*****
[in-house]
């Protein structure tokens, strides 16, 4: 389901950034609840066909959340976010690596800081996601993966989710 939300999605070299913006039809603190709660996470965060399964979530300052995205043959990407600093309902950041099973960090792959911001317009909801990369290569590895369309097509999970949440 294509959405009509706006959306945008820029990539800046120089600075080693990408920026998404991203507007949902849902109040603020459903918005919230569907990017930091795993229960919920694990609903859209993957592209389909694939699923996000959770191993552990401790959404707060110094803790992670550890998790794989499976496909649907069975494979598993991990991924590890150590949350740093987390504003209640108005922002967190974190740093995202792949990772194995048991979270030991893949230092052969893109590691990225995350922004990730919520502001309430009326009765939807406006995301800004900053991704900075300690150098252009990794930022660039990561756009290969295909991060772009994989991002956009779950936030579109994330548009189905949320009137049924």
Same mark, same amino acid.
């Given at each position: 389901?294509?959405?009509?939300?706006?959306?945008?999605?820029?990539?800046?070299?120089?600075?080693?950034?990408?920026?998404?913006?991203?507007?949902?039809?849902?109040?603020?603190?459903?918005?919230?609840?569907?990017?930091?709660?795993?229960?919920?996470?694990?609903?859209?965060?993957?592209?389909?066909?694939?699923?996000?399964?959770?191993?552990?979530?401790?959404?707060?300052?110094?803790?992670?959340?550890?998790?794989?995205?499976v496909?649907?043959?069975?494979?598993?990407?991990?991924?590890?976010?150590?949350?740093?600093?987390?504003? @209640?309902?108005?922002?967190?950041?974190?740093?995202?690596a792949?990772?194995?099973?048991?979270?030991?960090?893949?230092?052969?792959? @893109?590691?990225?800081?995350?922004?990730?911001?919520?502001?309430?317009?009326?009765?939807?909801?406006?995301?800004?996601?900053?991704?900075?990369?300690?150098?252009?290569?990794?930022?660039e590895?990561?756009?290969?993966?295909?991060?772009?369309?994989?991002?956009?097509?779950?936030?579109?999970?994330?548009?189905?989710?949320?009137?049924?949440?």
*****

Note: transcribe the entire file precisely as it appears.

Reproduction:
[in-house]
């Protein structure tokens, strides 16, 4: 389901950034609840066909959340976010690596800081996601993966989710 939300999605070299913006039809603190709660996470965060399964979530300052995205043959990407600093309902950041099973960090792959911001317009909801990369290569590895369309097509999970949440 294509959405009509706006959306945008820029990539800046120089600075080693990408920026998404991203507007949902849902109040603020459903918005919230569907990017930091795993229960919920694990609903859209993957592209389909694939699923996000959770191993552990401790959404707060110094803790992670550890998790794989499976496909649907069975494979598993991990991924590890150590949350740093987390504003209640108005922002967190974190740093995202792949990772194995048991979270030991893949230092052969893109590691990225995350922004990730919520502001309430009326009765939807406006995301800004900053991704900075300690150098252009990794930022660039990561756009290969295909991060772009994989991002956009779950936030579109994330548009189905949320009137049924």
Same mark, same amino acid.
């Given at each position: 389901?294509?959405?009509?939300?706006?959306?945008?999605?820029?990539?800046?070299?120089?600075?080693?950034?990408?920026?998404?913006?991203?507007?949902?039809?849902?109040?603020?603190?459903?918005?919230?609840?569907?990017?930091?709660?795993?229960?919920?996470?694990?609903?859209?965060?993957?592209?389909?066909?694939?699923?996000?399964?959770?191993?552990?979530?401790?959404?707060?300052?110094?803790?992670?959340?550890?998790?794989?995205?499976v496909?649907?043959?069975?494979?598993?990407?991990?991924?590890?976010?150590?949350?740093?600093?987390?504003? @209640?309902?108005?922002?967190?950041?974190?740093?995202?690596a792949?990772?194995?099973?048991?979270?030991?960090?893949?230092?052969?792959? @893109?590691?990225?800081?995350?922004?990730?911001?919520?502001?309430?317009?009326?009765?939807?909801?406006?995301?800004?996601?900053?991704?900075?990369?300690?150098?252009?290569?990794?930022?660039e590895?990561?756009?290969?993966?295909?991060?772009?369309?994989?991002?956009?097509?779950?936030?579109?999970?994330?548009?189905?989710?949320?009137?049924?949440?």